Romania should be towards the top of the list of Places to Visit. It is similar in land coverage to the United Kingdom with a population of about a 3rd. The country boasts plenty of culture for absorption and wilderness to explore. The mountains make their jagged way past Bucharest, before reaching the Black Sea with a plethora of history and scenery to see on the way.
The naming of Romania relates to the Roman empire that once controlled the region. Succeeded by the First Bulgarian Empire, then the Mongols Empire. Prince Vlad III Dracula became a national hero in the 1400s -for revolting against the Boyars. Vlad was the key player in gaining the country its’ independence. For the rest of us Vlad the Impaler is an entertaining horror story, whose castle you can visit.
The trip was a last-minute expedition. The company of my wife had paid for the flight and the hotel. She was not going to have much time for sightseeing so I would have to make up for it. Having had not much time to put together a tourist plan, a quick bit of web-surfing showed that there was plenty to visit.
Flying over Bucharest the impressive mountains were barely visible in the distance as a backdrop to the visibly large city below. One of the most surprising things was arriving at a modern airport. outside the airport, we got a taxi to the well-located Golden Tulip Hotel. A modern hotel situated on one of the main avenues to the centre of town, boasting good views over historic landmarks.
The intimidating Palace of Parliament does not need to be first but should be on the top ten in the list of places to see. The Palace impressively stands alone on a hill made for the purpose. It is a mountainous building at the end of Bulevardul Uniri. The sheer scale of the palace cannot be done justice by a photo. Even looking on Google Earth it is hard to get any real sense of scale from the other buildings around it.
The 2.5 Million Cubic meter complex was furnished with the most expensive materials available at the time. The building commissioned by Nicolae Ceaușescu for his ultimate pleasure stands as a reminder of his dictatorship. It now operates as a government office. Ceaușescu’s exotic tastes also helped it retain the title of the heaviest building in the world, at over 4 million metric Tons. Tours are available of the complex.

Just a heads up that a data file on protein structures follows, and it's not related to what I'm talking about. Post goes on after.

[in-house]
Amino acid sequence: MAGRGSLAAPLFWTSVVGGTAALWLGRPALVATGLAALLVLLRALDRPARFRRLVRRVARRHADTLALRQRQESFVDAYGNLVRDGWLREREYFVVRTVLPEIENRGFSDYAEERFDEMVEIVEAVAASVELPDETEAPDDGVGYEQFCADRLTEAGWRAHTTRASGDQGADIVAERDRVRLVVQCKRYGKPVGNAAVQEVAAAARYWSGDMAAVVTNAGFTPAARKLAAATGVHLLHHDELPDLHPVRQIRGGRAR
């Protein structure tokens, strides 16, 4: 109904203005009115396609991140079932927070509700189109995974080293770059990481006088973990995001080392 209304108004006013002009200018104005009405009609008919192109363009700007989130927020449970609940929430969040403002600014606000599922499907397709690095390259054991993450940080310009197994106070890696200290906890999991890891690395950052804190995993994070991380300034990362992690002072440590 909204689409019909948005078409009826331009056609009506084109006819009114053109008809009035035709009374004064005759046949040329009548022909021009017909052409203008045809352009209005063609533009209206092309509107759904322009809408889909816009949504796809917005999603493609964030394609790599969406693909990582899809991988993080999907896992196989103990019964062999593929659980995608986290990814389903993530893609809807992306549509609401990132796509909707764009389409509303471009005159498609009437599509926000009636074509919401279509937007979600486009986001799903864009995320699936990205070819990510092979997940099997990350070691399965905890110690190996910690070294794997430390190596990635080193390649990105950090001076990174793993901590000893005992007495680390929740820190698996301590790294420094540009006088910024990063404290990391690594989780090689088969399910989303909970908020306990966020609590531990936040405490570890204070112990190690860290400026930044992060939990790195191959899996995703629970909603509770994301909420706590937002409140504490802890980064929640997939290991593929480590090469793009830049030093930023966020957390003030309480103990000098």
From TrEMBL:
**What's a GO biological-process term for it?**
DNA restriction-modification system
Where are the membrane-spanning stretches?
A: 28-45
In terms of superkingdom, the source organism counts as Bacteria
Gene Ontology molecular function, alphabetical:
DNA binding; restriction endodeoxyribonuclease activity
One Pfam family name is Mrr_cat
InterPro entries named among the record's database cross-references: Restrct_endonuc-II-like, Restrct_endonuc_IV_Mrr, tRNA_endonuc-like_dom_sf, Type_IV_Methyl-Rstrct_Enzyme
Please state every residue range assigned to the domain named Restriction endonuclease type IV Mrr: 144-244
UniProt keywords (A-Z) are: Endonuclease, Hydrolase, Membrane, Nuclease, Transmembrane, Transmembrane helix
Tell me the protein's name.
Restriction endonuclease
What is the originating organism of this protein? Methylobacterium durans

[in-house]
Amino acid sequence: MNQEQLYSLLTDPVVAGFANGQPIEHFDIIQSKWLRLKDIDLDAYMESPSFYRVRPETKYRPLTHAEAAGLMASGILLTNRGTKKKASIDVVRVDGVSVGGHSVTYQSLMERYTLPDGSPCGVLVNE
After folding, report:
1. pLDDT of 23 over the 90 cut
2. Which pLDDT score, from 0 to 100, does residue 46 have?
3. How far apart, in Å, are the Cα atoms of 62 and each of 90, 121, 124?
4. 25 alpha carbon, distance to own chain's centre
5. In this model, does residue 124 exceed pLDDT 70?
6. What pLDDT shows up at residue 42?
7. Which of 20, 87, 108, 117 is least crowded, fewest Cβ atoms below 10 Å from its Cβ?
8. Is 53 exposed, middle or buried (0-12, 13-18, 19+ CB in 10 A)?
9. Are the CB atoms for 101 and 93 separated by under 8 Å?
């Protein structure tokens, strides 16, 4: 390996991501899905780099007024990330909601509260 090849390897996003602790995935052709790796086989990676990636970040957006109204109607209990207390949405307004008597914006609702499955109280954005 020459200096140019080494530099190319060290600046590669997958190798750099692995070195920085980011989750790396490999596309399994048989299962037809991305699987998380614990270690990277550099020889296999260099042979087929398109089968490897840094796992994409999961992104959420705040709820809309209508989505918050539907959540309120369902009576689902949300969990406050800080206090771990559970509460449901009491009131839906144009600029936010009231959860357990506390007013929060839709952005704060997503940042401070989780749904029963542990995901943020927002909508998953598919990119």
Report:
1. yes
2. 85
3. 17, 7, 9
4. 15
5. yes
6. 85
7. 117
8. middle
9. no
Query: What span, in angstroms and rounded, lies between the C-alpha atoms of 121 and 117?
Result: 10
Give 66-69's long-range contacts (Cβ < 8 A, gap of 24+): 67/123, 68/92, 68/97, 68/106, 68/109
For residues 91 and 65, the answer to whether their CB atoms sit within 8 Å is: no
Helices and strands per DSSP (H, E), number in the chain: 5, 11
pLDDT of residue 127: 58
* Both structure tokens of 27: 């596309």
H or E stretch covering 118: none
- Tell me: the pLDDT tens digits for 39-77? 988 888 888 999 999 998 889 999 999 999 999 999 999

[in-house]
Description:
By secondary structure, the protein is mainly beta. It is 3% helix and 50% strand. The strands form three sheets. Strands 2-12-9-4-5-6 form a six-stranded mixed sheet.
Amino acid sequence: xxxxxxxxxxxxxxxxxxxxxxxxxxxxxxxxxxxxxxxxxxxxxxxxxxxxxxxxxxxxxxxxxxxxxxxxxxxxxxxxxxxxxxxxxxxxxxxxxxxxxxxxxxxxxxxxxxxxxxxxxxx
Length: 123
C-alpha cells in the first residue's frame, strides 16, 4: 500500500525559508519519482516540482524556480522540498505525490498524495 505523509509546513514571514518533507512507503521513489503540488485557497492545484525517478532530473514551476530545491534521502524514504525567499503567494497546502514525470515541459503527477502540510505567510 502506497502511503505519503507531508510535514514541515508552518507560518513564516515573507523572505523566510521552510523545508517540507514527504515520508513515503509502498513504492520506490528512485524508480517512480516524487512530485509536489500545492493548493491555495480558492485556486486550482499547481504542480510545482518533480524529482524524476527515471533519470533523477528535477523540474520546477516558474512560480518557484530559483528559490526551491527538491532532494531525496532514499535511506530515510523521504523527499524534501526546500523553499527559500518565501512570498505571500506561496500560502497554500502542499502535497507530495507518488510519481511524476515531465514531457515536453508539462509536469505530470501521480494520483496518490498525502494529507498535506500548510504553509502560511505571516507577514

After a pleasant walk down Bulevardul Uniri from the Palace, and making a left somewhere along the way, you can find the Old Town. Walking everywhere gives a tourist a good feel for the location and culture.
The size of the city on a map seems disproportionate to the space taken up by the palace; it is an easy place to get lost if you have little sense of direction. Embarking on a random adventure is fine, but there are more efficient ways to see the city.
Take a map from the hotel and ask around, everyone is very friendly and helpful. Not asking a local for directions, meant it took over 2 days to find the Palace. It took a further day to stumble upon the clearly signed Old Town that I had been circumventing prior to that.
You can walk in from the riverside to the pedestrianised centre of the old town. Boutique shops, restaurants, and more importantly bars, are there ready for consumerism.
All venues are set serenely under Parisian styled 3-4 storey stone-clad buildings. In the summer they set up dining tables in the street, it is a pleasant place to take a break and cool off with the local wine and beers.
Going out is cheap in Bucharest, for 2 people you would expect to pay 30 Euros for a 3-course meal with a decent bottle of wine. This will give a dining experience on par with any upper-class area in the rest of Europe.
There is a lot of local food on offer, it is exceptionally good. But as with all cities of the world, modern eclectic dining has hit, so any type of meal is possible.
Driving is a bit hap-hazard; traffic laws are for the most part ignored. Unless the nominated driver is feeling brave or reckless, an alternative form of transport should be sought after. We did not rent a car– on retrospect I wish we had – but we only had a brief time there.
By walking, you get to see so much that otherwise would shoot you by, as well as giving you the possibility to stop and look at things that take your interest. There is a metro system that is good, buses are possible. If you want ultimate safety starting and finishing your visit, most hotels put on an airport shuttle-bus.
Taxis are adequate – we took a good one from the airport- most were reasonable and friendly. We only had one unpleasant experience with a cab driver that tried to rip us off for 100 Euros. This sort of thing can happen anywhere in the world. One-off disagreements with taxi drivers are not going to be enough to stop anyone from revisiting a country, anyway I had won the argument.
We never got to visit the mountains or the Black Sea which is something that we heard is superior to Bucharest. 4 nights as it turned out, was insufficient to see the main city, let alone the expansive countryside. Romania is an underrated holiday destination that is sure to leave any first-time visitor, only regretting that they should have gotten better organised.